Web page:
NACC Students Interview Windham-Campbell Winner dg nanouk okpik

October 2, 2023

“Take what you need and leave the rest along the way for those who need it,” poet dg nanouk okpik (Inupiaq-Inuit) advises the audience crowded into an open-air tent on Yale’s central campus; her words of wisdom offered in response to a question from Nyche Andrew about how education had shaped the poet’s life. In a wide-ranging conversation that traveled from Alaska to New Mexico to Australia, from the future to the present to 93 million years ago, and from quantum mechanics to semiotics, four NACC students—Sunni Parisien (Pauli Murray, ’25), Kyle VanHatten (Pierson ‘25), Nyche Andrew (Branford ‘25), and Lex Schultz (Saybrook ‘24)—interviewed okpik as part of the four-day program for the Windham-Campbell Prize Festival.

The prestigious Windham-Campbell prize is awarded annually to two people in each of the following categories: poetry, drama, nonfiction, and fiction. Since its inaugural award ceremony in 2013 the Windham-Campbell prize has recognized an international cohort of outstanding writers and artists whose work has shaped the contours and trajectories of the written word across the globe. dg is the first Iñupiaq person and, indeed, the first Indigenous person from North America to be honored in any category. Many people from across campus felt the importance of her nomination and award—especially students at the NACC and those of us in the YGSNA community more broadly.

After Sunni introduced their fellow interlocutors, Nyche opened the Q and A session with a joke that also cut the heart of how significant dg’s presence on campus was that week. She said, “the last time there were two Inuit people on campus was when my sister was visited.” She thanked dg for being her sister for the week. The cutting, emotional, and satirically funny introduction set the tone for the rest of the conversation where dg answered questions about her experience as a transracial adoptee, her poetic practice, and her approach to life. Each question so carefully crafted by NACC students led dg down wandering roads of storytelling.

In response to Lex’s question about their shared experience as a transracial adoptee, dg told us about the time she hiked up a Montana mountain in the early, early morning to go snowboarding (a skill she learned from a group of Kanaka Maoli, or Native Hawaiian peoples) and got into an accident, crashing into a Ponderosa pine where she says her “teeth are still in that tree today.” It was this accident, in part, that led dg to her birthmother in a hospital in Alaska. Bridging from the humorous to the serious in nearly every response, dg gathered the audience around her commitment to understanding the world as a network of relatives. Replying to Kyle’s question about how humans and other-than-humans have influenced her life and writing, dg explained to us that we are all inescapably linked by the “four basic elements: hydrogen, carbon, nitrogen, and oxygen,” taking us across a fossil record that is in part real, in part imagined, and in part embedded in her poetic works to think about deep time. What does it mean to be in relation with a rock that is 93 million years old?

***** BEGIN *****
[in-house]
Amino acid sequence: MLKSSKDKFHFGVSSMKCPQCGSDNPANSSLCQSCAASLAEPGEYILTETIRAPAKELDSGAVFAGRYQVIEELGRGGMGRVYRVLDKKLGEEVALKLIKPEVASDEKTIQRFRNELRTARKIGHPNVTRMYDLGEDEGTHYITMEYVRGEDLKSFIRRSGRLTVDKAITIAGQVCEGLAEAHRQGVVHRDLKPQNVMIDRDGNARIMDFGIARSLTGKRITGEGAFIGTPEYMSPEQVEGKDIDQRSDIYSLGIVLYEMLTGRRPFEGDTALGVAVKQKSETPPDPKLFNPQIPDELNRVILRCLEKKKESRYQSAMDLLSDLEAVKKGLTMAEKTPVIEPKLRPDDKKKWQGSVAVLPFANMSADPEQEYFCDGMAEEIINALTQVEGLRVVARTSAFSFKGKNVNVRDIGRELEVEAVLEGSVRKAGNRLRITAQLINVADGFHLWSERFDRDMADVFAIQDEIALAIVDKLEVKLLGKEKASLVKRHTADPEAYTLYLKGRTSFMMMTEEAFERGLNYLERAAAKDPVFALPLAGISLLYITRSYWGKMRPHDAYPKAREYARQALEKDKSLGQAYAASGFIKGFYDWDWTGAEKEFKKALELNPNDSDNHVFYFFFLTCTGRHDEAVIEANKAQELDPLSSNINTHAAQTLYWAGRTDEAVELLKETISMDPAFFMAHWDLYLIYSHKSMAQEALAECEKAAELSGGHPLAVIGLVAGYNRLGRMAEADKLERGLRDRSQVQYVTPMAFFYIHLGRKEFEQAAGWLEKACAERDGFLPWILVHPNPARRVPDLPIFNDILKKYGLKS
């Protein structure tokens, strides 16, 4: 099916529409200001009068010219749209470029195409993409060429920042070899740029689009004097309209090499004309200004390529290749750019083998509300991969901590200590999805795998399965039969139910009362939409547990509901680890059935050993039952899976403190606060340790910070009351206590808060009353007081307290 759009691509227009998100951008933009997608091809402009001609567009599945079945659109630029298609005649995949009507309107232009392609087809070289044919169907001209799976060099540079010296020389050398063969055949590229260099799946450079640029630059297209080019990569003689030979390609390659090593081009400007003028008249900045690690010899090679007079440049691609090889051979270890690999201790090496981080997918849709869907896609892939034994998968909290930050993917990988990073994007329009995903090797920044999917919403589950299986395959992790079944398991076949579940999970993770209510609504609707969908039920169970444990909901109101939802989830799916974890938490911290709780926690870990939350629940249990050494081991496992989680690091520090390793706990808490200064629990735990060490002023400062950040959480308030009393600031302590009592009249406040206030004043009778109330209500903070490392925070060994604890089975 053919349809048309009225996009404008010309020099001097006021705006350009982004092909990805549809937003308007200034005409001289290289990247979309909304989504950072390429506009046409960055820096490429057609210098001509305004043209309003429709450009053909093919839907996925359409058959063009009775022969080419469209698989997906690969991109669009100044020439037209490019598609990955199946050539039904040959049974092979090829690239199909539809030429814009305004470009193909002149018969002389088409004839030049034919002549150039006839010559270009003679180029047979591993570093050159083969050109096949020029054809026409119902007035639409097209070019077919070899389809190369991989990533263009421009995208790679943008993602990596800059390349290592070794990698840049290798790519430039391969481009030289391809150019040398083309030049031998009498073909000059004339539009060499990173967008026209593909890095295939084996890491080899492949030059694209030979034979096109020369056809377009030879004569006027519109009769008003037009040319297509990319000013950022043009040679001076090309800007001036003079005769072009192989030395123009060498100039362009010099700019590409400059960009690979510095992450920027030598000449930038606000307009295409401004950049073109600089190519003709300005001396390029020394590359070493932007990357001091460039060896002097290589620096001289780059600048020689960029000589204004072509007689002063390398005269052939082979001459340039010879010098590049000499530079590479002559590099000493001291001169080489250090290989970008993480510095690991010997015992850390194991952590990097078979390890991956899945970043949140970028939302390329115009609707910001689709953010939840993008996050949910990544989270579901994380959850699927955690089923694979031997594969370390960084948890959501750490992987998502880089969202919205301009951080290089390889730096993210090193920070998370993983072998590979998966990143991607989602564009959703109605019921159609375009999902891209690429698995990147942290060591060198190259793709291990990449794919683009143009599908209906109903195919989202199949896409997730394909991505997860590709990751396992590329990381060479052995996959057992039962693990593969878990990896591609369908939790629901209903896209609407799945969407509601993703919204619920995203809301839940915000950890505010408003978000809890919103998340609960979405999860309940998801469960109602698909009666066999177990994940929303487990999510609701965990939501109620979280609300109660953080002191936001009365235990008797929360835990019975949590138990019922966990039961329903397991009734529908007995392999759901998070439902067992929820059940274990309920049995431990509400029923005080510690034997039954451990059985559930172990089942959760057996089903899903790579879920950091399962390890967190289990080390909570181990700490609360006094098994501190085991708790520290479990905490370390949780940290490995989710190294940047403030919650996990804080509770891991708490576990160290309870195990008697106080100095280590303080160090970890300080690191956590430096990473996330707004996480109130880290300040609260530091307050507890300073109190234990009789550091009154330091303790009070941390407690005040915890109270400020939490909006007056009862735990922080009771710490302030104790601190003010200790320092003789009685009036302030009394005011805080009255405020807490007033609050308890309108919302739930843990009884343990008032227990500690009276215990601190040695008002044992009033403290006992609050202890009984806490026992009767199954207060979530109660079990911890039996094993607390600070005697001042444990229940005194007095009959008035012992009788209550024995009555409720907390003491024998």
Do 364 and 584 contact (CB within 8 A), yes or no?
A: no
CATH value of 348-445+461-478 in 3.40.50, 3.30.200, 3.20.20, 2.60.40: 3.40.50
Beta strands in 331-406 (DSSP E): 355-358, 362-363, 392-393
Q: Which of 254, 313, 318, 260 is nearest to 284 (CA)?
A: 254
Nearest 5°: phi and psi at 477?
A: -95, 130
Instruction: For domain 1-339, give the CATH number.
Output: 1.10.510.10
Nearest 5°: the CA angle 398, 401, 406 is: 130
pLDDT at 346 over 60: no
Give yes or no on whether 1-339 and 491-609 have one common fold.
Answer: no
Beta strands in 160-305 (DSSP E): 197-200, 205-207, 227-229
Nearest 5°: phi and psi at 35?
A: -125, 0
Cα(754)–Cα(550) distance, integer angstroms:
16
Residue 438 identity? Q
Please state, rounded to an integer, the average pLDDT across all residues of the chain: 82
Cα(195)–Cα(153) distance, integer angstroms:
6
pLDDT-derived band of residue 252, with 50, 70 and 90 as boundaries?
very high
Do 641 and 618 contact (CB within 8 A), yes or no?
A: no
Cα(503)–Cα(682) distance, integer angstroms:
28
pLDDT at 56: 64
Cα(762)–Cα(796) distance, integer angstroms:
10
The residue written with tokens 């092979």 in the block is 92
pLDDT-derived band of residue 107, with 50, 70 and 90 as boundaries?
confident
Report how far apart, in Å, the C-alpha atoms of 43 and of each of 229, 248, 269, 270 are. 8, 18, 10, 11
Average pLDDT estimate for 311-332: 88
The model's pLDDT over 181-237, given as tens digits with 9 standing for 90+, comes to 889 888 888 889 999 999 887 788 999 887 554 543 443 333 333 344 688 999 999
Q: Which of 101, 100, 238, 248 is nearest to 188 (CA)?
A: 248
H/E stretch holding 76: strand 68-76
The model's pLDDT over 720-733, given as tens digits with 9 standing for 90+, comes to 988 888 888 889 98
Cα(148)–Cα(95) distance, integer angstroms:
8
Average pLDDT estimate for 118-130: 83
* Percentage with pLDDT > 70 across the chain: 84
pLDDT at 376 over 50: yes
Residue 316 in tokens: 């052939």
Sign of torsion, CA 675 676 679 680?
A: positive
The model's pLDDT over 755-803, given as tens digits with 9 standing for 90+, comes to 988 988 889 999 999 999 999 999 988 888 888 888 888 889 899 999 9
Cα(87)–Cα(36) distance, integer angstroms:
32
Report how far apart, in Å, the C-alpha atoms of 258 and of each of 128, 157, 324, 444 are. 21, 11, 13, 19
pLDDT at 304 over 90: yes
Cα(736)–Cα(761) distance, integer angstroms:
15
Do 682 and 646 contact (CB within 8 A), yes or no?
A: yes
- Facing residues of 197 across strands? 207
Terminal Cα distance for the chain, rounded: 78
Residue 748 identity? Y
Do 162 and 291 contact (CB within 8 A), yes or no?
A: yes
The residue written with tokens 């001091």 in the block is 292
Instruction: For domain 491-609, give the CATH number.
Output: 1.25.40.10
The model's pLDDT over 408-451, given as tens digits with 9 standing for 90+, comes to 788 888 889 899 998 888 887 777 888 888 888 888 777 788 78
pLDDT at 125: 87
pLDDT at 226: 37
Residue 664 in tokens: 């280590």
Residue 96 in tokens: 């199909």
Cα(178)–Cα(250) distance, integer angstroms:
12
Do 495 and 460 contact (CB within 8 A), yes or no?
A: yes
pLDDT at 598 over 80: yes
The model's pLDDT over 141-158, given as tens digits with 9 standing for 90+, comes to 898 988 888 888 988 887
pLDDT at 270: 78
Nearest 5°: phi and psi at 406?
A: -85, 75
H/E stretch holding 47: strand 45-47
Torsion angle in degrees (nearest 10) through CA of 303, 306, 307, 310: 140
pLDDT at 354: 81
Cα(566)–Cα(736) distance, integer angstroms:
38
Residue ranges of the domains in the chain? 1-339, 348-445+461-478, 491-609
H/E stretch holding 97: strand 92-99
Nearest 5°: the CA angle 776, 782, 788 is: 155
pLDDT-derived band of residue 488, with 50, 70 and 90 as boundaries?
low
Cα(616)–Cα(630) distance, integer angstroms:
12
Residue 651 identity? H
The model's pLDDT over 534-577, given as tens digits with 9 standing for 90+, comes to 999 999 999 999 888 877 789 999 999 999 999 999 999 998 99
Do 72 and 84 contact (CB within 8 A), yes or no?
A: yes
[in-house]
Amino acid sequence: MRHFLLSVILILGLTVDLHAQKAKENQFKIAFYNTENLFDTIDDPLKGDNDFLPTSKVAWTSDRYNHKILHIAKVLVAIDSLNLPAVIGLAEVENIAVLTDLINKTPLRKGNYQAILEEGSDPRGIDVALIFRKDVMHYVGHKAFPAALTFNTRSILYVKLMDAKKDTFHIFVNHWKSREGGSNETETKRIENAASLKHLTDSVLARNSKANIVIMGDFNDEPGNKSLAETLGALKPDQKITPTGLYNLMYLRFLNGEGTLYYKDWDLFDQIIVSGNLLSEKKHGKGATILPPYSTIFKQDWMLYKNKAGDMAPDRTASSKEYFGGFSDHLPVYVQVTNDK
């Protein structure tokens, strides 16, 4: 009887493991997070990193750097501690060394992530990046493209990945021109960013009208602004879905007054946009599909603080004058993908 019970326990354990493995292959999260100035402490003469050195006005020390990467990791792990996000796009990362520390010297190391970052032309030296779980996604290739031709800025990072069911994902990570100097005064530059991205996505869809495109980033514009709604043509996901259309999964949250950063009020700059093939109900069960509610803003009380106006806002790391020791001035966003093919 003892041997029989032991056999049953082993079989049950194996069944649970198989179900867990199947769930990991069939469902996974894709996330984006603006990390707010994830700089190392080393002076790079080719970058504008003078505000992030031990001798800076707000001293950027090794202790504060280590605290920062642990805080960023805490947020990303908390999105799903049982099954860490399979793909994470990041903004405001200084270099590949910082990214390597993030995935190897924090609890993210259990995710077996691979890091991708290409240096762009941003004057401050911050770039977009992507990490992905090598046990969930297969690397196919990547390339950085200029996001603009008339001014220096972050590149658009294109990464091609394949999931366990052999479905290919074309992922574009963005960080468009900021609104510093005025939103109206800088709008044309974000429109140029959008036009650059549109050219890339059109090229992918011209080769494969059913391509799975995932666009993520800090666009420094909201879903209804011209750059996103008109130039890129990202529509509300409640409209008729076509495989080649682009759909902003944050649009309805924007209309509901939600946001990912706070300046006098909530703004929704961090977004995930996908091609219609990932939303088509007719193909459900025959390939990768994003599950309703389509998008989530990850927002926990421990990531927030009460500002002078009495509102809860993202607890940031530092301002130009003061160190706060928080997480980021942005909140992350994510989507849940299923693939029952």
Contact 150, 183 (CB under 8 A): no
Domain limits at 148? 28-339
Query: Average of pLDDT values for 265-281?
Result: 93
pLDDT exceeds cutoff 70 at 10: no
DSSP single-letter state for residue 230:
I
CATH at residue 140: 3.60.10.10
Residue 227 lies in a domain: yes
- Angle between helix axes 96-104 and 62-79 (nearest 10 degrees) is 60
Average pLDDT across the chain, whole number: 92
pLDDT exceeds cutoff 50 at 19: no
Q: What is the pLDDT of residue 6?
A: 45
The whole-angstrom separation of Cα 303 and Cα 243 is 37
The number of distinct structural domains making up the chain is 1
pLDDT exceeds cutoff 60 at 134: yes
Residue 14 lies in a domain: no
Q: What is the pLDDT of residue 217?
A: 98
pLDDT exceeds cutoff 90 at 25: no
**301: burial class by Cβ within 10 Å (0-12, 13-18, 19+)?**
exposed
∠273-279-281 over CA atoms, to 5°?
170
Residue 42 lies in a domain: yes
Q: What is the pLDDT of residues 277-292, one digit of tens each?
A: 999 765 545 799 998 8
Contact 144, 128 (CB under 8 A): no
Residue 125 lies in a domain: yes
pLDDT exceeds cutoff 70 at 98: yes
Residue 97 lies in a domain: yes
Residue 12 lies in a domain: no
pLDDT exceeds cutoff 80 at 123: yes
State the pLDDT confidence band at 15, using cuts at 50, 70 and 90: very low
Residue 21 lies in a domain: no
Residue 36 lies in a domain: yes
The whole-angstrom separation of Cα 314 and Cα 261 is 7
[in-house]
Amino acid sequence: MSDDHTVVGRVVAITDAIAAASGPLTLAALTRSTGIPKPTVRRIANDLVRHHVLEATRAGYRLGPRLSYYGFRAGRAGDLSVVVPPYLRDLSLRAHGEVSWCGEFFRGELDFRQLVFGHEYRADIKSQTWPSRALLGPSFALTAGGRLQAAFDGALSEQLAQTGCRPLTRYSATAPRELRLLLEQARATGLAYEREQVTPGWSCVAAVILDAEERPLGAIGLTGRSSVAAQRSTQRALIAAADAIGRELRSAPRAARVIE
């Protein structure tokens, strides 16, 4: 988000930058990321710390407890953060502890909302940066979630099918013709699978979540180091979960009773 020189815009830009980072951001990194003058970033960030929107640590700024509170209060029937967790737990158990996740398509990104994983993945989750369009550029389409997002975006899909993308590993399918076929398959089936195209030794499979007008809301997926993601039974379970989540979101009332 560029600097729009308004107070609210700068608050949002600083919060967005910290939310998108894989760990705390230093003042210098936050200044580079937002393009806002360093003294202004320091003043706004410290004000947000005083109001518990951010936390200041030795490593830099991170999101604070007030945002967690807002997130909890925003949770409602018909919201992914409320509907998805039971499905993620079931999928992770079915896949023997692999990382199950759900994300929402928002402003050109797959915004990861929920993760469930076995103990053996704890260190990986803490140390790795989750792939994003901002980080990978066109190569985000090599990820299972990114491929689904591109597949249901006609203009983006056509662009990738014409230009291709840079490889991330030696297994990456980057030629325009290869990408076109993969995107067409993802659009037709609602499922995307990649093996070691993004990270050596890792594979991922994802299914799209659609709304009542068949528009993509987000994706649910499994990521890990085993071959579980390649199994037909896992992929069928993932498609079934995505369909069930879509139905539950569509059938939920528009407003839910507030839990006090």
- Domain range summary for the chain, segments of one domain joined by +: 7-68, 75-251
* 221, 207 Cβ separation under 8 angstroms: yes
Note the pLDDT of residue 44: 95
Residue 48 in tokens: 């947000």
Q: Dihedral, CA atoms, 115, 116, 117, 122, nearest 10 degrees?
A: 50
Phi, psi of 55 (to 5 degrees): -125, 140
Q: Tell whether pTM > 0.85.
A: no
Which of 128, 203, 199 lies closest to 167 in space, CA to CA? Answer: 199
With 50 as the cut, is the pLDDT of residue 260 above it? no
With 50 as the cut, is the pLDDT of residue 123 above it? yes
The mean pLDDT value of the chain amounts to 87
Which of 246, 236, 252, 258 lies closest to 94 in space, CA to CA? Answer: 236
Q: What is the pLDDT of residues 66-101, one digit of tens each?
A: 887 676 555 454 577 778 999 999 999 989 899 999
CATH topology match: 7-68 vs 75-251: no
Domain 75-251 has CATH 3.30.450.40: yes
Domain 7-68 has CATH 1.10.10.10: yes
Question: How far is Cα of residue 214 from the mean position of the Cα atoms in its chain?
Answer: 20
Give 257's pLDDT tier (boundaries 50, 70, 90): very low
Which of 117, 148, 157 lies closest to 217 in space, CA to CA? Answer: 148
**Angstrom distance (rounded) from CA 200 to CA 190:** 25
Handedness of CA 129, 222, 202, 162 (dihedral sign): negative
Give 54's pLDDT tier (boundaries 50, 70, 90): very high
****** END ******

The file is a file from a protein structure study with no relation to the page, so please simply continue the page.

As the conversation came to close, dg reminded us that everything “is okay,” that we are okay, and that we share molecular bonds with one another and the world around us. Prompted by Sunni’s questions about how dreaming can be a way of receiving poetry, dg vociferously agreed, reminding us that dreams ask us to encounter the “mortal grossness” of life, but also offer a way to make feelings understandable. This is what she aspires to in her poetry—to be a “conduit of a hollow bone” that brings us all back to the sensory experiences of what it means to be a human and a relative.